China’s yuan tumbled more than 1% on Monday to 11-year lows on mounting fears over a sharp escalation in the U.S.-China trade war, sparking a sell-off in other currencies in the region.
The broadening fallout of the trade dispute saw investors rushing into perceived safe-haven assets, with the Japanese yen rising to a seven-month peak.
The yuan broke through 7 per dollar, which some market players have regarded as a major support level, falling to as low as 7.1097 per dollar in offshore trade and 7.0424 to the dollar onshore.
“This could well be the biggest moment for the yuan this year. The impact of U.S.-China trade is turning out to be very big,” said Masashi Hashimoto, senior currency analyst at MUFG Bank.
“Looking at the mid-point, the People’s Bank of China is trying to stem the yuan’s fall,” he said. “The PBOC doesn’t look like it is trying to use a weaker yuan to counter U.S. trade pressure. The yuan’s fall seems to be stemming from panicky selling.”
The yuan last stood down 1.4 percent at 7.0793 offshore, and 1.1% at 7.0166 onshore. It was the first time the yuan traded above 7 per dollar since May 2008.
The sharp fall came after Beijing vowed on Friday to fight back against U.S. President Donald Trump’s abrupt decision to slap 10 percent tariffs on the remaining $300 billion in Chinese imports, a move that ended a month-long trade truce.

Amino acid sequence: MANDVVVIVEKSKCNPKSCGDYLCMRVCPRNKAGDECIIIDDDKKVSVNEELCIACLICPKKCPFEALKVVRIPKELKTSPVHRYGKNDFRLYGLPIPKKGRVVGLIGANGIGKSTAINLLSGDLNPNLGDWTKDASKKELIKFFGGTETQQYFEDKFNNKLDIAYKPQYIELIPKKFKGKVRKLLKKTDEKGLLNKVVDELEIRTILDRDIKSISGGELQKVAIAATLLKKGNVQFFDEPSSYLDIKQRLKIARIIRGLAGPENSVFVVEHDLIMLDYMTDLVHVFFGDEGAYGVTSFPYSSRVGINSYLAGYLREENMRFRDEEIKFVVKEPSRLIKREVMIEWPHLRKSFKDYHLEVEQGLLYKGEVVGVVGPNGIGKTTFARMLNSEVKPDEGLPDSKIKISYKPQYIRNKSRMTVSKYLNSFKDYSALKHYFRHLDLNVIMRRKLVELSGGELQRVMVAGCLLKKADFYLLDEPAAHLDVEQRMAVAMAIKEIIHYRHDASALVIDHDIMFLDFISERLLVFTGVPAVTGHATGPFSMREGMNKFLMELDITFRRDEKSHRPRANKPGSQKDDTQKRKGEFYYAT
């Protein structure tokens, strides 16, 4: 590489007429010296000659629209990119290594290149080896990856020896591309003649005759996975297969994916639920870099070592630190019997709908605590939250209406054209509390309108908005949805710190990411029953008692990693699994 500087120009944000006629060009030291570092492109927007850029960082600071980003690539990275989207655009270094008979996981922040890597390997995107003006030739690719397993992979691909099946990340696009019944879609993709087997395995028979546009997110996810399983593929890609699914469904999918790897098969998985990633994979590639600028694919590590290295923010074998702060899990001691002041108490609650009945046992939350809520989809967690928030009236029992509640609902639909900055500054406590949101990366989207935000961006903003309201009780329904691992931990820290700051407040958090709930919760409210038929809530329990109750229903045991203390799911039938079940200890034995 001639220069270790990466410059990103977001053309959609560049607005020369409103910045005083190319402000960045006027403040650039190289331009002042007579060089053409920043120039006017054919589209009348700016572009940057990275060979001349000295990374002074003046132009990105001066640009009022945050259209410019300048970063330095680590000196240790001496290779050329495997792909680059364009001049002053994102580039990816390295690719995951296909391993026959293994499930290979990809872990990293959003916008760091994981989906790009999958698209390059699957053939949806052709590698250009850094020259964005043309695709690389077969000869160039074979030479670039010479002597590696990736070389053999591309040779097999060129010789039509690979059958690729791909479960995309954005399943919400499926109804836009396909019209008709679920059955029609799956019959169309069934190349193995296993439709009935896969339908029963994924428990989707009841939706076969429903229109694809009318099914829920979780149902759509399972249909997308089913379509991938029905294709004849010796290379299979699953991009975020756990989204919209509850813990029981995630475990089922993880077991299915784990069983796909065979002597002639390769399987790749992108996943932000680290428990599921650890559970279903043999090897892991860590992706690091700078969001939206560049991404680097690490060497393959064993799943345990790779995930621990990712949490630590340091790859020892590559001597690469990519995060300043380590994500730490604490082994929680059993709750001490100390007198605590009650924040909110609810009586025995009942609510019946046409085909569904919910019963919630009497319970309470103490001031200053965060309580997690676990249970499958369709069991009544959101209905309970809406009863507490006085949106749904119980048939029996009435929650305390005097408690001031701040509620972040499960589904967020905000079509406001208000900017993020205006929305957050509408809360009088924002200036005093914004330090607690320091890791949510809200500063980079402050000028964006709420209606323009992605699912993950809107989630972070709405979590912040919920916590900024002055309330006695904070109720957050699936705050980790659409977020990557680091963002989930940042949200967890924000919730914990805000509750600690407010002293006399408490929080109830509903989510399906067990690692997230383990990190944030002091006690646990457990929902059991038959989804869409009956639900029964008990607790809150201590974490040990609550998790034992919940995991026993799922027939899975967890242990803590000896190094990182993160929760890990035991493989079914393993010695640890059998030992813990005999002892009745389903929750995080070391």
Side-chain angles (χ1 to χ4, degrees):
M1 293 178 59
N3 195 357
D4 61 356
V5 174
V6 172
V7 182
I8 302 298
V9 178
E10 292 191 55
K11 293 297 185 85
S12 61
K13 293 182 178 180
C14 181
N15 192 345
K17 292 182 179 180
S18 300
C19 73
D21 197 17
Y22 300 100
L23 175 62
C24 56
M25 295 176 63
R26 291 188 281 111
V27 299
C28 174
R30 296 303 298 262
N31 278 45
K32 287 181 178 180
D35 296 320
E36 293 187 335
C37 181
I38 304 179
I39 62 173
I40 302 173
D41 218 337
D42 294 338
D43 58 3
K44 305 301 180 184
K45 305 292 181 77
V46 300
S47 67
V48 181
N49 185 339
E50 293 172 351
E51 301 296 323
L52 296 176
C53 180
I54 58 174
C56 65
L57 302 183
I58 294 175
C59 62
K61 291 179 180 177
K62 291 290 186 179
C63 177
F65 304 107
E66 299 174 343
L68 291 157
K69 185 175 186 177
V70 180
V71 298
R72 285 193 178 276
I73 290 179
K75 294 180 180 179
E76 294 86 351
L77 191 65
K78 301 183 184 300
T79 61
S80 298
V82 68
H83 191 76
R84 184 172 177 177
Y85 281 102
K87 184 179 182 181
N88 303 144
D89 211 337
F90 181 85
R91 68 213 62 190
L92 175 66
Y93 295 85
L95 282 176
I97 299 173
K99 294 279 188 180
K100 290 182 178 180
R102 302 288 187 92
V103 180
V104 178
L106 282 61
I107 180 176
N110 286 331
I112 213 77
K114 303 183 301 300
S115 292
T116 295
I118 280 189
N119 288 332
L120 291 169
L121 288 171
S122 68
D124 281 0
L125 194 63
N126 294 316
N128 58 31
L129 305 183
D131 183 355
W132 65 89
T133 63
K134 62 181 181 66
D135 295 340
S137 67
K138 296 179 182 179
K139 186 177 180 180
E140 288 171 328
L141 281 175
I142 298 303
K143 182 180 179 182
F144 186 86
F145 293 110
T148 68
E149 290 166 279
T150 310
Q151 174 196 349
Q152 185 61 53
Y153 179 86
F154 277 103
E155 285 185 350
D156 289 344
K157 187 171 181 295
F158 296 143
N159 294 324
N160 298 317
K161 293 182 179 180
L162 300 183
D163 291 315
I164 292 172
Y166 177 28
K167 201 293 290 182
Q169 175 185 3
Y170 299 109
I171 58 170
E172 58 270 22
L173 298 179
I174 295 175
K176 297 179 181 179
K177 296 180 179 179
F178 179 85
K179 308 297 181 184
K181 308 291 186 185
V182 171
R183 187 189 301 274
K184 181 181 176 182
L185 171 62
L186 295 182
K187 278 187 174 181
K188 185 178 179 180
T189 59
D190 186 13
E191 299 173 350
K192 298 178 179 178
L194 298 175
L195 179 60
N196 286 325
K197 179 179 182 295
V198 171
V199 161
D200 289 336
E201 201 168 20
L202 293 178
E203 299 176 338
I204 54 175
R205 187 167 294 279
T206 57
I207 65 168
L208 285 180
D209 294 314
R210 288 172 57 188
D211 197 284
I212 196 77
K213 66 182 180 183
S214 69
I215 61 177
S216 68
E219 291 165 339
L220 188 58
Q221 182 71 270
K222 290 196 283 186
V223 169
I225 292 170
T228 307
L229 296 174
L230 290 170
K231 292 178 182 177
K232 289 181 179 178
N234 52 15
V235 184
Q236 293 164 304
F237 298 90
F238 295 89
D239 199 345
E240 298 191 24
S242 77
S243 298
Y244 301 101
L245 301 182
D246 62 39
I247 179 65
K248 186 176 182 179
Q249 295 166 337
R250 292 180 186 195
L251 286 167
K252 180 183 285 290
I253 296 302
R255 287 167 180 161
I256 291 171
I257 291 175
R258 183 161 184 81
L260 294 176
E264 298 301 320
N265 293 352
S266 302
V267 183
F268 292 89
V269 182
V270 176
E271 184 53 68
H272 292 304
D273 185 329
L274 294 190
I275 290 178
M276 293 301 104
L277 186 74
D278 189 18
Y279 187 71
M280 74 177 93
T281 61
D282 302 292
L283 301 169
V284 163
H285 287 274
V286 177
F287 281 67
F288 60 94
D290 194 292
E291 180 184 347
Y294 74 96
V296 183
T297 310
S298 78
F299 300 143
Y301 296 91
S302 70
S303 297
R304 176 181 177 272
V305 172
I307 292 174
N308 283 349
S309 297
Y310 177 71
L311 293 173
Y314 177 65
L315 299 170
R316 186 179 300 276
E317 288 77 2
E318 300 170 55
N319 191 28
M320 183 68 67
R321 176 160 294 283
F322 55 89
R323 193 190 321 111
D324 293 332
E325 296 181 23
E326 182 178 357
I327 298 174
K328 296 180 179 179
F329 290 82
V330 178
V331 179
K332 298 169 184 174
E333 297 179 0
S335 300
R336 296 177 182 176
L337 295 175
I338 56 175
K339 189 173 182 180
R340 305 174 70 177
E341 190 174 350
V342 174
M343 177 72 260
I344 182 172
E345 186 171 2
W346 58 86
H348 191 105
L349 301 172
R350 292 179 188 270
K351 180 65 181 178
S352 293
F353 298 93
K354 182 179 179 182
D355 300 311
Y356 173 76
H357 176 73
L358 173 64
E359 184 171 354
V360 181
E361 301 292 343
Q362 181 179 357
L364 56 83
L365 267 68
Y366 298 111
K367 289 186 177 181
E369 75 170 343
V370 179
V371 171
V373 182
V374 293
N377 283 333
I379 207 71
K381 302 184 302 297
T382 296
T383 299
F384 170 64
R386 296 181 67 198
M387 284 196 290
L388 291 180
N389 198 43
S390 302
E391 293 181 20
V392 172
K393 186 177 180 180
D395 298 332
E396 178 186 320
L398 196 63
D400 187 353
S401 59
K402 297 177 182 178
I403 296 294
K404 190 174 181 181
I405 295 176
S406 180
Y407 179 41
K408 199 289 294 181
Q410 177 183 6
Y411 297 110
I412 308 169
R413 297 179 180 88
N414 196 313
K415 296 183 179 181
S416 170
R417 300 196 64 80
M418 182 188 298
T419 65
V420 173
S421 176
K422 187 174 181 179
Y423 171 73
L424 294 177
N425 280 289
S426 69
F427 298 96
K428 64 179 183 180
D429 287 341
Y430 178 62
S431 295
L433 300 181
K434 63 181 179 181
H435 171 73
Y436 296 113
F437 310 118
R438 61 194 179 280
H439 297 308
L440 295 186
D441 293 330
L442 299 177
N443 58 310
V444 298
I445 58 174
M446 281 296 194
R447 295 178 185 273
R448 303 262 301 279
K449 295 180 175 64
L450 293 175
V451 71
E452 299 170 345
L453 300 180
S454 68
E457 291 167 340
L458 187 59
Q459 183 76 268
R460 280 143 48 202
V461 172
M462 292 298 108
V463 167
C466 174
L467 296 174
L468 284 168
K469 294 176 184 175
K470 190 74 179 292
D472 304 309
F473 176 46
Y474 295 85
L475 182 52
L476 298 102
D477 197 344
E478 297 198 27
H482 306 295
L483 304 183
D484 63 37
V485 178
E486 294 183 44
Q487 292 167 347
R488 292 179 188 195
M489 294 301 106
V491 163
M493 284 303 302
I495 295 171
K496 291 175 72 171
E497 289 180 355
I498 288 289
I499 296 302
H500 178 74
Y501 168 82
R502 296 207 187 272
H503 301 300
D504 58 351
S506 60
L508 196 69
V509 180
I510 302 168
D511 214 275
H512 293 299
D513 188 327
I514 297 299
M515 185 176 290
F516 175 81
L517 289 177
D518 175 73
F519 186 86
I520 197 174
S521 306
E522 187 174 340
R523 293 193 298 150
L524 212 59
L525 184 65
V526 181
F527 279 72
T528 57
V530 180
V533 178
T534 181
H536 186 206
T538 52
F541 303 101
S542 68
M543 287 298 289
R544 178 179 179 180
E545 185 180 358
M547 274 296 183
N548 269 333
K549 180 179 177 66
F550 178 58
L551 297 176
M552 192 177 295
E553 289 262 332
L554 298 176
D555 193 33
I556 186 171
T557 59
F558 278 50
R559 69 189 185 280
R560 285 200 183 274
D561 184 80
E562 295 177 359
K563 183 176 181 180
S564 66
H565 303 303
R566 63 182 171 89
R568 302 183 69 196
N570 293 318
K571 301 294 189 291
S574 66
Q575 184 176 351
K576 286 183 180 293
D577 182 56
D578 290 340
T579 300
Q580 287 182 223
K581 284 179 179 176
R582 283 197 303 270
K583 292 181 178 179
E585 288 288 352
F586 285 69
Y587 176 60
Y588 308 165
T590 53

The plunging yuan knocked off many currencies in the region.
The Australian dollar slipped 0.5 percent to $0.6770, hitting a seven-month low of $0.6748. The currency wasn’t far off its Jan. 3 flash-crash low of $0.6715.
The Korean won fell 1 percent, hitting a three-year low of 1,218.3 per dollar while the new Taiwan dollar fell more than 0.5% to a two-month low of 31.61 to dollar.
The U.S. dollar was on the back foot against traditional safe-haven currencies.
The dollar fell to as low as 105.80 yen, its weakest since its January flash-crash, and last stood at 106.07 yen, down 0.5 percent.
The euro also rose 0.15 percent to $1.1122, extending its recovery from a two-year low of $1.1027 touched on Thursday.
On Friday, the closely-watched U.S. employment data showed nonfarm payrolls increased by 164,000 jobs in July, fewer than the prior month, and wages increased modestly.
The data cemented expectations that the Federal Reserve will cut interest rates again in September after it delivered its first rate reduction in more than a decade last month.